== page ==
Beijing Olympics: Full Preview of the Men's 100-Meter Dash
Sick and tired of reading shallow previews of the men’s 100 meters at the Beijing Olympics, where the only three names mentioned are “Bolt, Powell, and Gay”?
Well I’m here to let you know that there will actually be more than three people involved in the race in Beijing, even if the aforementioned trio will most probably end up sweeping the medals.
Before I do that however, I should probably give my prediction on which of the “Big Three” will be crowned the World’s Fastest Man.
1st: Usain Bolt (Jamaica) – Anyone who’s seen Bolt’s world-record performance of 9.72 in New York where he completely blitzed the world champion Tyson Gay would find it hard to go past the young Jamaican for the gold medal.
Despite his recent loss to Asafa Powell in Stockholm, Bolt would have to have another horrendous start if he were to lose at the Olympics.
The only other potential roadblock standing between Bolt and the gold is his coach, who still is yet to decide whether he will actually contest the 100 meters at Beijing or simply focus solely on the 200. For everyone’s sake, let’s hope that Bolt is permitted to run.
2nd: Asafa Powell (Jamaica) – I originally had Tyson Gay in this position. However, a combination of Gay’s injury sustained at the US Olympic Trials and Powell’s seemingly great form over the last week has swayed me to believe that Powell will take the silver medal.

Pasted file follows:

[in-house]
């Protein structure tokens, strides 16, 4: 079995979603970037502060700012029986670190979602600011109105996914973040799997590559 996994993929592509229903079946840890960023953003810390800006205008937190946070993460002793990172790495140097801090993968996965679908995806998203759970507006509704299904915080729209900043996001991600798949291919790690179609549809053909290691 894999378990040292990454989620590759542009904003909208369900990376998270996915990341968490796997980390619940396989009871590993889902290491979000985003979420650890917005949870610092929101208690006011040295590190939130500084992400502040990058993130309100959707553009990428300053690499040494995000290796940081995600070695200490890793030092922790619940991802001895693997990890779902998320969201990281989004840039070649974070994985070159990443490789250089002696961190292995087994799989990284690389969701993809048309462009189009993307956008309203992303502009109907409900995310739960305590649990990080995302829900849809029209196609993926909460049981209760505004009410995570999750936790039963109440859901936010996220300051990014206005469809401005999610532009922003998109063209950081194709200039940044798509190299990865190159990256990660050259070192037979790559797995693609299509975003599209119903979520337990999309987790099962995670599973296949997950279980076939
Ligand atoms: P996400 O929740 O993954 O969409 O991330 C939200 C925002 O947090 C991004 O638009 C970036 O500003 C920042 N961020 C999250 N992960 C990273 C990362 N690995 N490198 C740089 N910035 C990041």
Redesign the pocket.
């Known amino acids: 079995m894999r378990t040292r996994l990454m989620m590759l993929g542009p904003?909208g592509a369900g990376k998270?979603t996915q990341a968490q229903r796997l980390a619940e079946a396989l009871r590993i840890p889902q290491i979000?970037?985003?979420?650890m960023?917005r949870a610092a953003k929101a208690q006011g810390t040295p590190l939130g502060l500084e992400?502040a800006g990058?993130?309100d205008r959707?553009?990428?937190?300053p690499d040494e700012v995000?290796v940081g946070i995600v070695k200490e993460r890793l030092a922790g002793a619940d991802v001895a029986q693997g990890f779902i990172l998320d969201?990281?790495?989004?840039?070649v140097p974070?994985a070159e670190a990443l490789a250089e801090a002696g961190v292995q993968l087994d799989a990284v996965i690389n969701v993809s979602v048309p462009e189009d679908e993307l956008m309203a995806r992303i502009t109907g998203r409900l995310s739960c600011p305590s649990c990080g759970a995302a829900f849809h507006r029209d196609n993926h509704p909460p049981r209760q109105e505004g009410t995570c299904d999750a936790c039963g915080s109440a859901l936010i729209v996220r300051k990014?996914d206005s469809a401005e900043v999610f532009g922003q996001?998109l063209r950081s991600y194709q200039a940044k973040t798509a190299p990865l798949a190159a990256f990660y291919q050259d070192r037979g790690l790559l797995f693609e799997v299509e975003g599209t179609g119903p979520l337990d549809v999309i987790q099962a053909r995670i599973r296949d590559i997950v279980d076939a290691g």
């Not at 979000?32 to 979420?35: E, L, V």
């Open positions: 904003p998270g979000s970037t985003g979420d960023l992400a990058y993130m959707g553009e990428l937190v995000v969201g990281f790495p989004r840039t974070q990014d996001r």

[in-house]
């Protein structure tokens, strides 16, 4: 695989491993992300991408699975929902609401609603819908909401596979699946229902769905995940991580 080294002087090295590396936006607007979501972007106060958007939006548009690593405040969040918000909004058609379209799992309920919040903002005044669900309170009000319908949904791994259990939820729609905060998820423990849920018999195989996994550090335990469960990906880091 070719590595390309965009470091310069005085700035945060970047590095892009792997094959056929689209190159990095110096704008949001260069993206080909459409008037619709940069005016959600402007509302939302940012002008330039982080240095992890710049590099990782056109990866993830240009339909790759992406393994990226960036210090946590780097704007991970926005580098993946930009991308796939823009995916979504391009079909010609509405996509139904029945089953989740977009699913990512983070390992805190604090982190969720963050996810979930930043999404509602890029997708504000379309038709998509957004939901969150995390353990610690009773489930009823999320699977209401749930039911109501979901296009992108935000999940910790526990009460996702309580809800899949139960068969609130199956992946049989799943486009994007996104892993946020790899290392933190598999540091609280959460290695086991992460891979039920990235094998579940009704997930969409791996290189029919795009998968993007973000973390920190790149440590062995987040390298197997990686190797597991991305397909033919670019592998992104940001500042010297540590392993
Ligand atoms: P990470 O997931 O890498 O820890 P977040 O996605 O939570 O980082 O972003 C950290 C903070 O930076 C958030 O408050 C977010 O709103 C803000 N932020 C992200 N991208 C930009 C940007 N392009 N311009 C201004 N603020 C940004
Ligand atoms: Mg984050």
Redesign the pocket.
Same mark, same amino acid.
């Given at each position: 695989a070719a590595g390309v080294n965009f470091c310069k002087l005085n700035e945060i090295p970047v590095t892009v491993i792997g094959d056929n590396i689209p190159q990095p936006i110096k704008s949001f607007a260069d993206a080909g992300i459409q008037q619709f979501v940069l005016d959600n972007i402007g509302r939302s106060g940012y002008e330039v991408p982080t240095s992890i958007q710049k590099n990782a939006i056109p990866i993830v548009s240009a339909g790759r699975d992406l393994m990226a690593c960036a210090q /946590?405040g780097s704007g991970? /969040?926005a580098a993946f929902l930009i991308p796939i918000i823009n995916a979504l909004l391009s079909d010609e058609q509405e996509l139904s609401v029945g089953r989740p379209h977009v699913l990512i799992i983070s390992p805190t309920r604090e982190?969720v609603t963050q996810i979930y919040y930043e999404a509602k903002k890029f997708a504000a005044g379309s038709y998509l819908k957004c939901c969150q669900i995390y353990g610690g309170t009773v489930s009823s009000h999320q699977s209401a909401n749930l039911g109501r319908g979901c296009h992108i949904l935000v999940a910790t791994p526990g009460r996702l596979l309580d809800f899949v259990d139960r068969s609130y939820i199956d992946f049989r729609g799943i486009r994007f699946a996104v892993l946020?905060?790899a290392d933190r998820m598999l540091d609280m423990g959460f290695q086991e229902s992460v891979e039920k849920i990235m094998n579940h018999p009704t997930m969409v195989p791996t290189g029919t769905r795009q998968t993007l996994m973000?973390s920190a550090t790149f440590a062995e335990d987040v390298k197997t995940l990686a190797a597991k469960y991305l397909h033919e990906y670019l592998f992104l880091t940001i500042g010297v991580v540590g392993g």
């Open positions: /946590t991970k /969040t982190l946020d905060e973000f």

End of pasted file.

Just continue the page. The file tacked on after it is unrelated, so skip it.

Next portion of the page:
His victory over Bolt in 9.88 seconds, followed by a run of 9.94 seconds to take first in London indicates that Powell is over his recent spat of injuries and is ready to peak at the Olympic Games.
His history of underperforming at major meets (fifth at the 2004 Olympics and third at the 2007 World Championships), makes it difficult for me to reconcile that Powell will be physically or mentally capable of outrunning Bolt in the final.
3rd: Tyson Gay (USA) – It seems that no one will know just how serious the injury that Tyson Gay obtained at the US Olympic Trials is until he steps foot onto the track in Beijing in two weeks time.
If Gay is fully fit and in peak form in the final (like he was when he ran 9.77 and a windy 9.68 at the US Trials), he is clearly capable of beating Powell home, and his experience in winning major titles could even perhaps give Gay the edge over Usain Bolt.